Ice hockey administrators insist sport is 'safe' for young people after Sheffield player is jailed for sex offences
Ice hockey administrators have this afternoon insisted the sport remains a safe environment for children and young people, after a former Sheffield Steelers player was jailed for a string of sex offences committed against young female fans.
Thomas Squires was sentenced to five years and four months in prison, with an additional three years on license at Sheffield Crown Court.
He was also placed on the Sex Offenders Register and handed a Sexual Harm Prevention Order (SHPO).
The charges relate to five victims, girls who were under the age of 16 at the time of the offences, who cannot be named for legal reasons.
Charles Dacres, English Ice Hockey director responsible for child protection and a director with Ice Hockey UK, said: “Squires used his position as a sportsman and supposed role model to commit these offences against young girls.
“Ice hockey, like most sports these days, has robust safeguarding procedures in place to protect the young and vulnerable from people like Squires.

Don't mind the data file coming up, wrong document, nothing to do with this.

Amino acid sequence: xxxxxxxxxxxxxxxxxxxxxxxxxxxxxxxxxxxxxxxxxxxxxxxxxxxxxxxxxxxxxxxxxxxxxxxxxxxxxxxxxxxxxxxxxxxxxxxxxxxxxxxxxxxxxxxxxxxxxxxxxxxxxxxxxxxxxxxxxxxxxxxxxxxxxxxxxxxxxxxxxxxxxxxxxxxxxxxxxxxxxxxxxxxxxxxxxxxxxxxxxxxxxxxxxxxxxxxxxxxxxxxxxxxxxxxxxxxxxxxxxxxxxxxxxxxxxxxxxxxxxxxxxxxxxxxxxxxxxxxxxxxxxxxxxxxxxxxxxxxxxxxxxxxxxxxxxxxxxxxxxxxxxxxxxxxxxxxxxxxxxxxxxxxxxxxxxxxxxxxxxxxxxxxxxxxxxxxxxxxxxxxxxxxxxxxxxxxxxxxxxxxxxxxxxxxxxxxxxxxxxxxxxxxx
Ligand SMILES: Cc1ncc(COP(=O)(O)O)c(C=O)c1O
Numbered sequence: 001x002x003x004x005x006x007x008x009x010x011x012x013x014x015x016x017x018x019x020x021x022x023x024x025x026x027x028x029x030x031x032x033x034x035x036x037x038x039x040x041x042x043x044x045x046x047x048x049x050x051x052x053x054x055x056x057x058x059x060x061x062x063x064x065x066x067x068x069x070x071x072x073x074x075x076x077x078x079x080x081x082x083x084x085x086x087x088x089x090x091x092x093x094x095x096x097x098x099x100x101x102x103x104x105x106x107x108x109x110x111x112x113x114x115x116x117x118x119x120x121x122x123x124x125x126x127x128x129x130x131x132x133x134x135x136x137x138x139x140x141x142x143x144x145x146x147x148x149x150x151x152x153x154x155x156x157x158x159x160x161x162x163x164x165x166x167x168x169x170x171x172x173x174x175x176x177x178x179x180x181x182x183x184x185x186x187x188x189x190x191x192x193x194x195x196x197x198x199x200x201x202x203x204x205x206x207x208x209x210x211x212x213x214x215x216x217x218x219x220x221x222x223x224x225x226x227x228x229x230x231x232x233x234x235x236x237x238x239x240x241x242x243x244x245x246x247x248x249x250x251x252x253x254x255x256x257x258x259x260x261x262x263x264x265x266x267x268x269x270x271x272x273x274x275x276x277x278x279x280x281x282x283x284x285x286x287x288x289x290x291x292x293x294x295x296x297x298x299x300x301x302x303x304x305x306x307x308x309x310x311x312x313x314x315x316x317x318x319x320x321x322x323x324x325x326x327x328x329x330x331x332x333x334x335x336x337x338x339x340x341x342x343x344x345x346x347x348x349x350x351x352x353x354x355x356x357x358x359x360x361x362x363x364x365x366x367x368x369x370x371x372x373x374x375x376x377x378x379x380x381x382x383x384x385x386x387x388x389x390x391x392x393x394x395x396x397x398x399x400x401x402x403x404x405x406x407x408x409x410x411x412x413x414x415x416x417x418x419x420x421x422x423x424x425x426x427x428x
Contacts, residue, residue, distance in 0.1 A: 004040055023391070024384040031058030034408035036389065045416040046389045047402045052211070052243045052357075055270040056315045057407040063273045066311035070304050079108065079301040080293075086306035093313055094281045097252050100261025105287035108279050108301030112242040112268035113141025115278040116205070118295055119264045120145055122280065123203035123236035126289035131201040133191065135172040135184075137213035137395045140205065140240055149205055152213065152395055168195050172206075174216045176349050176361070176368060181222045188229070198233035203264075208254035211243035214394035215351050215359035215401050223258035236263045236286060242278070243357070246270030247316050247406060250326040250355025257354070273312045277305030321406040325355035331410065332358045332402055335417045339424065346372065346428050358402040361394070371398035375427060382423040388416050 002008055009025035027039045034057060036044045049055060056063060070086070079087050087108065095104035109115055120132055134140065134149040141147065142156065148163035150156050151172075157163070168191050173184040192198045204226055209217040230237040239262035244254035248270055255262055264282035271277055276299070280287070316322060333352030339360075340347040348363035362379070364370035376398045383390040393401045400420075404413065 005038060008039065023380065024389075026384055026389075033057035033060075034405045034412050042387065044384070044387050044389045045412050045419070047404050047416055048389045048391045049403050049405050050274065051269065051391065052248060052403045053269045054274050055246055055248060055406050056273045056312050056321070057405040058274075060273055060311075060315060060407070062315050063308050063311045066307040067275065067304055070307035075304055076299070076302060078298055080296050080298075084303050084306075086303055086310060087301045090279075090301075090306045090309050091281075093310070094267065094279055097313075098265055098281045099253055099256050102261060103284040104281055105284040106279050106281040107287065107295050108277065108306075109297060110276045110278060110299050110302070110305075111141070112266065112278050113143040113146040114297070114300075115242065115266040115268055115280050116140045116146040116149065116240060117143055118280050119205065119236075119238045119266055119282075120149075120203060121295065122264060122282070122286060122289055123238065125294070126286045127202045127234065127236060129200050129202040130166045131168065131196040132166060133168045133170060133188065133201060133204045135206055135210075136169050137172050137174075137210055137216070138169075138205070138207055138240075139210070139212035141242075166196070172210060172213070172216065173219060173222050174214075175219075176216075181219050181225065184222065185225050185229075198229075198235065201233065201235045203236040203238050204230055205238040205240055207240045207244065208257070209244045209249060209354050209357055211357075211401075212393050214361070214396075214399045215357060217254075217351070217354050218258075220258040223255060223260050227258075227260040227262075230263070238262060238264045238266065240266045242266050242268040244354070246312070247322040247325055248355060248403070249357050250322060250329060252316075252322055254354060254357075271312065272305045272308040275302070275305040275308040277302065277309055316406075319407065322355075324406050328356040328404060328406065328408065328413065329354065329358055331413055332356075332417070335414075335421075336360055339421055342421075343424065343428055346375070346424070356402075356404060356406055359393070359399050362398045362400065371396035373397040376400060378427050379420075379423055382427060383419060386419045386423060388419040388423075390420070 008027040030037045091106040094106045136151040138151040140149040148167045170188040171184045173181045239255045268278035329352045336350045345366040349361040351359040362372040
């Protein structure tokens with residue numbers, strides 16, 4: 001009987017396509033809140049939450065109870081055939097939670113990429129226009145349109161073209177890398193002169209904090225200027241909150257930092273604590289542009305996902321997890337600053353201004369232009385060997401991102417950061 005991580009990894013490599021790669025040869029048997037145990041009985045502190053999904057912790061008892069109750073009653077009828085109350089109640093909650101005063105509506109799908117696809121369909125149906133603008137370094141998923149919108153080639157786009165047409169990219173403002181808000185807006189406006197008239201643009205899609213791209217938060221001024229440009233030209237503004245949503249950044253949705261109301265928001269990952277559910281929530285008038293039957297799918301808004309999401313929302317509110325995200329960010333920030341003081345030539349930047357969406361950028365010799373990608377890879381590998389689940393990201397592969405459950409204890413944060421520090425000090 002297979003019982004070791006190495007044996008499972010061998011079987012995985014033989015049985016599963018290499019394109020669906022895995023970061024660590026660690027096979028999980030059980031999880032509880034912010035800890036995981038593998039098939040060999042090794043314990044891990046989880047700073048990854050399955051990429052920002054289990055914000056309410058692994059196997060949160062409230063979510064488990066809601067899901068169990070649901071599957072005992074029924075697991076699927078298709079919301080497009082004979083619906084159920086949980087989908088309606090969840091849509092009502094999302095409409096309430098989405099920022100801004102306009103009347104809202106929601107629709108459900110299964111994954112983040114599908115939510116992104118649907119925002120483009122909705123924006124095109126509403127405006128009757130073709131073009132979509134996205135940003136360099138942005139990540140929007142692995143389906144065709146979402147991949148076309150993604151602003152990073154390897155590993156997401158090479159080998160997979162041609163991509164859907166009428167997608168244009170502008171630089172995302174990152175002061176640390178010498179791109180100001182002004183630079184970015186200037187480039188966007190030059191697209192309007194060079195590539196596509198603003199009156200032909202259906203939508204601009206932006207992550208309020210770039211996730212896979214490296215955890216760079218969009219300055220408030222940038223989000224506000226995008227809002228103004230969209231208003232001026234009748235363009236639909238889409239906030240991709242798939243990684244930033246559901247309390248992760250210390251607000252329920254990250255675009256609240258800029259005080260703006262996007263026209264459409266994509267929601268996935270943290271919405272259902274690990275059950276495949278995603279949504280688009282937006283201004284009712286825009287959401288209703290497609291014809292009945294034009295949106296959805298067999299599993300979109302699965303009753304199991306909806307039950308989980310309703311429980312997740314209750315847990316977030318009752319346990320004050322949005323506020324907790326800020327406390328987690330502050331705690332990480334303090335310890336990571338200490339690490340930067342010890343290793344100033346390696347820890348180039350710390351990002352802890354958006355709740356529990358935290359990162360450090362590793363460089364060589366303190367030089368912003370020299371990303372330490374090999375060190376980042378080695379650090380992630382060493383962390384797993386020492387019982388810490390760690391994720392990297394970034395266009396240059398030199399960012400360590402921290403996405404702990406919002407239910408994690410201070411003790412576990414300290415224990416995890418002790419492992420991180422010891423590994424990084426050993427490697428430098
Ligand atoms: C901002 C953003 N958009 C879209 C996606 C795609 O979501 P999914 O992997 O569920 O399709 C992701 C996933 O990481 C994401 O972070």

“Individuals who have contact with children and vulnerable adults do go through DBS checking, there is safeguarding education as part of coaching and management qualifications. All clubs have nominated safeguarding officers and the association has its own CPO with established procedures for reporting concerns or incidents.
“Tom Squires is a rogue individual as far as ice hockey is concerned, these crimes go back over five years and I would say that the situation would be detected by the systems in use now in clubs. Children and young adults can and should feel safe as part of this sport.”
Ice hockey has a dedicated safeguarding helpline which is 07546983700 or concerns can be emailed to [email protected]
Detective Sergeant Aneela Khalil-Khan, the investigating officer in the case, said: “Squires was relatively well-known locally as an ice hockey player, as well as coaching the sport. He took advantage of this position of power to groom and sexually exploit his victims.
“He used his position as ice hockey coach to approach young girls, some of whom recognised him as a local hockey ‘star’, and began the grooming process.
“His victims have been remarkably brave coming forward to report their abuse and I am pleased that Squires pleaded guilty to multiple offences meaning they did not have to go through a trial process.
“He has now received a custodial sentence, which should prevent him from causing further harm. I understand that this investigation may cause some concern among the local sporting community, as well as families who may have interacted with Squires in the past.
“If you do have any concerns, please get in touch with police. You can also call or text the national helpline Say Something on 116 000 if you want any advice or support.”